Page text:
3. The series now showing at The Java Project contains a variety of mediums along with photographs. What inspired this shift, and how does it connect with the overarching theme of Masquerade?
Several years ago, I started photographing the Zombie Walk in Asbury Park, NJ. I was intrigued that participants seemed titillated by the idea of pain, purgatory, and the living-dead. I was attracted and repulsed at seeing young children with their parents dressed up as zombies with fake blood oozing out of their bodies. This seemed a very different spectacle than the Mexican Day of the Dead which is about reconnecting with lost relatives. After shooting the zombies for a few years, I couldn’t help but think about the brilliant work of painter James Ensor. I felt that his pictures strongly related to my NJ zombie images and decided to travel to his hometown of Ostend, Belgium to make related work about Ensor and the Flemish carnival.
On that 2015 trip to Belgium, I made only photographs but I was also thinking a lot about Ensor’s drawings, paintings, and prints. As a young student, I painted and did drawings but stopped working in that direction in order to exclusively focus on photography which at the time had a stronger pull. My recent obsession with Ensor, to my surprise, reconnected me to my early desire as a child to draw and paint. Initially, my intent was to experiment with a variety of wet and dry media until finding a combination that would lead me to a “serious body of work.” The non-photographic works in this show were not created as a dedicated series but as related experiments within the artmaking process that focused on a related theme.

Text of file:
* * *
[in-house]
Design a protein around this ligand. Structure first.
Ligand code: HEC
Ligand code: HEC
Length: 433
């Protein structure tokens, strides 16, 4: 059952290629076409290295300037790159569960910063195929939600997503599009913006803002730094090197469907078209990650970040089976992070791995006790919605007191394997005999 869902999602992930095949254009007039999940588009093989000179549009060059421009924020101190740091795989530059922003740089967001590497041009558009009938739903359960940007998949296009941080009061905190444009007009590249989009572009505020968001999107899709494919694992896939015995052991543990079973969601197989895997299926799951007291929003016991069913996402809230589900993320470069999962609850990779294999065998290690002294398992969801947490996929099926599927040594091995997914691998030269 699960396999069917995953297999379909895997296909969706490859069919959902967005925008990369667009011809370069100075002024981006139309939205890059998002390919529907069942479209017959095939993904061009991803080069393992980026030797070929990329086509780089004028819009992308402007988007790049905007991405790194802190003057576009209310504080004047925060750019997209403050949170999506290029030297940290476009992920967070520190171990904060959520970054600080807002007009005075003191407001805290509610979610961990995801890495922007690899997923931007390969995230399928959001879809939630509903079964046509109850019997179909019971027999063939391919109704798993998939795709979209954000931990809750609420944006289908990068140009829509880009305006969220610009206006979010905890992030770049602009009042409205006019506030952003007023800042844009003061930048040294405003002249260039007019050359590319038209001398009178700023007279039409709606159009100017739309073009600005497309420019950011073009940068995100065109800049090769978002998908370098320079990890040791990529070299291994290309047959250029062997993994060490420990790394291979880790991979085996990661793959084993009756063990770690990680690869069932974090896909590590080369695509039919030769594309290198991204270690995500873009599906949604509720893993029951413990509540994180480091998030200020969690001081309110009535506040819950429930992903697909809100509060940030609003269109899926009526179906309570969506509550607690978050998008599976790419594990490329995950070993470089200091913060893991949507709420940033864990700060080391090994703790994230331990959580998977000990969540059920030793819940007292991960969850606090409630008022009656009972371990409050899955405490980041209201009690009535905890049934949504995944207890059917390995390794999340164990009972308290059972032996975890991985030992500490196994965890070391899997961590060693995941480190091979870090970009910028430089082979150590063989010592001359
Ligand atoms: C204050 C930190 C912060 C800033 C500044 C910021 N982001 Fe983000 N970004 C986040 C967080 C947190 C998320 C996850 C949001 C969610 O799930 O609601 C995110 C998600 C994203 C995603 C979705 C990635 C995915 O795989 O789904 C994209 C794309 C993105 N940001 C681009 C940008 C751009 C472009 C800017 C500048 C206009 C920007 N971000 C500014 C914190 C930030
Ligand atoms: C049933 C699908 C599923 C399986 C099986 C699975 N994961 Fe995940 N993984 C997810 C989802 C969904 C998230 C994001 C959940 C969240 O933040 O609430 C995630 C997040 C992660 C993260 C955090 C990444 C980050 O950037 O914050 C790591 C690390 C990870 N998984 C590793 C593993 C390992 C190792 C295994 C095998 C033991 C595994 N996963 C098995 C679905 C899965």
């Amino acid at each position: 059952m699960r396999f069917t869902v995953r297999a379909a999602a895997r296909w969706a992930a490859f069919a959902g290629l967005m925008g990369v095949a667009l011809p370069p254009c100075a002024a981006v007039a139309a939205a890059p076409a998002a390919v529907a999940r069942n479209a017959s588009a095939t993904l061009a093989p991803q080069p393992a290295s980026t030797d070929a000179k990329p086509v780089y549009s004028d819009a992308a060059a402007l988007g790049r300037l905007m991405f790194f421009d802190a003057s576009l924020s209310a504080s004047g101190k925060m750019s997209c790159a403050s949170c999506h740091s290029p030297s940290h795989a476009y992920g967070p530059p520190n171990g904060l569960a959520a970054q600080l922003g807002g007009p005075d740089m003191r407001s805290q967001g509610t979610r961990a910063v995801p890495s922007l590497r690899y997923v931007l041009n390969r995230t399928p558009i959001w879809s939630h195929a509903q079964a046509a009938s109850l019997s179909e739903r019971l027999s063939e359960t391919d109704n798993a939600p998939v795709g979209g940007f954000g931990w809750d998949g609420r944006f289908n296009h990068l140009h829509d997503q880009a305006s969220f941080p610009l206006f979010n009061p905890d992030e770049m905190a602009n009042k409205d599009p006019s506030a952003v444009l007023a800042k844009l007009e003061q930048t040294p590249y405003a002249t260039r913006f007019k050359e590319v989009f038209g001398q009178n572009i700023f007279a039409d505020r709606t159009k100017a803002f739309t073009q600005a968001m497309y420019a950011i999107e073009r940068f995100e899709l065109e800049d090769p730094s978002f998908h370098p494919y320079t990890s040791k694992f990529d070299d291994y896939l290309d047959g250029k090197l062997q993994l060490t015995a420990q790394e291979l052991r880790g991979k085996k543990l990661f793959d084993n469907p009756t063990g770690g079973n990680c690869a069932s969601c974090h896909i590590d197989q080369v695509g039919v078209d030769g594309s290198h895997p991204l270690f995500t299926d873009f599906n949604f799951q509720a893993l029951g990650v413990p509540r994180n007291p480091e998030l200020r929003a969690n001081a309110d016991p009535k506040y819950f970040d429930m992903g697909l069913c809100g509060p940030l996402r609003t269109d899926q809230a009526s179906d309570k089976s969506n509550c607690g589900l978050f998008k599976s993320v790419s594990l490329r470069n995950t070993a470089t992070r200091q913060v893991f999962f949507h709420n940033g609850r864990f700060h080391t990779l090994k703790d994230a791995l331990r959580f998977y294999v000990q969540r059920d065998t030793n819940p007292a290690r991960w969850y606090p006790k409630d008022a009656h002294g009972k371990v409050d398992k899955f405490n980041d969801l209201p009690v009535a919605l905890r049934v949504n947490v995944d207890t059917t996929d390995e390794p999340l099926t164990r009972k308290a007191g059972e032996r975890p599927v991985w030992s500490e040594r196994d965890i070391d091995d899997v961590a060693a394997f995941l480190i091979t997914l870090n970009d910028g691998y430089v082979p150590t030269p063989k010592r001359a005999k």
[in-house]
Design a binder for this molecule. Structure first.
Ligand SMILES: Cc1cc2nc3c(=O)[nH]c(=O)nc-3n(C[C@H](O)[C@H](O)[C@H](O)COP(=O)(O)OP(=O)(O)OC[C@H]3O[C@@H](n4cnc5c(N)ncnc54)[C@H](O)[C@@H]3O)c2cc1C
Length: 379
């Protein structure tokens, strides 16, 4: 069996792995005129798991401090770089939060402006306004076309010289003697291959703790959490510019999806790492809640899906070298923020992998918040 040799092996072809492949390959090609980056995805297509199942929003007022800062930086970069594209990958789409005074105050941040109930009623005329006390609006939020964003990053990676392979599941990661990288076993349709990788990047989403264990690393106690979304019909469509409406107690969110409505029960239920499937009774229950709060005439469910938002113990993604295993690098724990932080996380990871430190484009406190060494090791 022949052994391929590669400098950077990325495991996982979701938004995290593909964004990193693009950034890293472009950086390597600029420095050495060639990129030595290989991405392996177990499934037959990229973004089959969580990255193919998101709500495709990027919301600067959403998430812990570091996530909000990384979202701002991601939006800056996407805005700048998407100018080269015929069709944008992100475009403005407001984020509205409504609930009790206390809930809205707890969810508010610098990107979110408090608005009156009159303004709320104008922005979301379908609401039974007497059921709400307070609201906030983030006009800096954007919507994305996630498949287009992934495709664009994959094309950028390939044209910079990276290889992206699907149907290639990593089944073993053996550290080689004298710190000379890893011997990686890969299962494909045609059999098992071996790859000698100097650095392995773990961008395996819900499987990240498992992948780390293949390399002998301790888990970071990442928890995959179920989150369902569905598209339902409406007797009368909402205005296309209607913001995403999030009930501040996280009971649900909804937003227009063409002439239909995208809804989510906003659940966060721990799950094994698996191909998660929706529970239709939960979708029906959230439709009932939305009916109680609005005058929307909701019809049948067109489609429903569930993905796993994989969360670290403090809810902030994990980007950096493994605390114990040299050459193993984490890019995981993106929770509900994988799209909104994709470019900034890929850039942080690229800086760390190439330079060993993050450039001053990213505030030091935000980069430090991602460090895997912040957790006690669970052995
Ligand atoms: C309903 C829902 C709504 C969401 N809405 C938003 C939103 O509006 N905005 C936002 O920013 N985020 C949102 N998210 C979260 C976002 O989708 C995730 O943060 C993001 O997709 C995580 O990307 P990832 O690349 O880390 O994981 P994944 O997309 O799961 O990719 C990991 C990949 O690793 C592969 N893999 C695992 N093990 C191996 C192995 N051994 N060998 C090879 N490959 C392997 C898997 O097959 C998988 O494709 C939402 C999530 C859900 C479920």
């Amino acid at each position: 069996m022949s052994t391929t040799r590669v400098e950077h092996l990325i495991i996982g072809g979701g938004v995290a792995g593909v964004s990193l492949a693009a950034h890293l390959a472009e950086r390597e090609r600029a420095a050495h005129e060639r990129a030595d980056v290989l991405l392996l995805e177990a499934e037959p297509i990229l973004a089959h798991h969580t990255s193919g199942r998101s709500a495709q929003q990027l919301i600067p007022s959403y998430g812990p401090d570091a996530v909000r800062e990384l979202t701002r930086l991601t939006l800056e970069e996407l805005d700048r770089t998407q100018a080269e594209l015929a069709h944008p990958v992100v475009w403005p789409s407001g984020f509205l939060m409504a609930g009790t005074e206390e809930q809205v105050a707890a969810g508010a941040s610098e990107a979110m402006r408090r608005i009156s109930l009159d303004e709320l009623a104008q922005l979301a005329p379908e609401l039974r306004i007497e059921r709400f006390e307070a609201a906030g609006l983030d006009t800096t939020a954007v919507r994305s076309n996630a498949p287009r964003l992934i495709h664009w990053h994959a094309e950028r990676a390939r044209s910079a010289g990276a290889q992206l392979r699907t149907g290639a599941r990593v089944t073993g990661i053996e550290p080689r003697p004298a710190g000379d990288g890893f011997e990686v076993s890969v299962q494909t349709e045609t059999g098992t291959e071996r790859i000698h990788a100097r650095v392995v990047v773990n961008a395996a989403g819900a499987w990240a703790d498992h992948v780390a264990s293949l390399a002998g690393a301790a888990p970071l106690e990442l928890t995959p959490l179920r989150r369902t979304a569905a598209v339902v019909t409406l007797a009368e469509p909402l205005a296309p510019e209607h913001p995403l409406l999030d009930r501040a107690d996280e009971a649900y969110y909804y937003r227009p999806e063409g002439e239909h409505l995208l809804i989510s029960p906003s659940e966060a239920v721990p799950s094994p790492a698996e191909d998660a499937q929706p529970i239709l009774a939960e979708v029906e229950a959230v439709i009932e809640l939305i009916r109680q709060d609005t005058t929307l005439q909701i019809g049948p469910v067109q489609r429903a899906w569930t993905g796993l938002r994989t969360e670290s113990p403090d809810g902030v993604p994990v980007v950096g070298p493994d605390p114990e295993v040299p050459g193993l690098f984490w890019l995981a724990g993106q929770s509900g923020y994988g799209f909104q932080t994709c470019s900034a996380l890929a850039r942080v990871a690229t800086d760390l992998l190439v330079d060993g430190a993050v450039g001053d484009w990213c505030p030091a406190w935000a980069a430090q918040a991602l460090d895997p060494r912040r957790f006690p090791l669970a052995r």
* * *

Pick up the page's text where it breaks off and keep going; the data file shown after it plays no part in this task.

4. Can you share about your process creating this series, and if your with with different mediums (drawings, watercolors, etc) changed the way you typically work?
In 2016, I started to make mixed media works with my own photography but soon after embraced doing other pieces that were completely non-photographic. I started to paint with watercolor and also reconnected with my love of rapidograph ink, a medium that had inspired me in junior high. My process was intuitive and was never intended as the creation of a finished body of work. In fact this exhibition has an eclectic feel which embraces the idea of the open-ended creative process.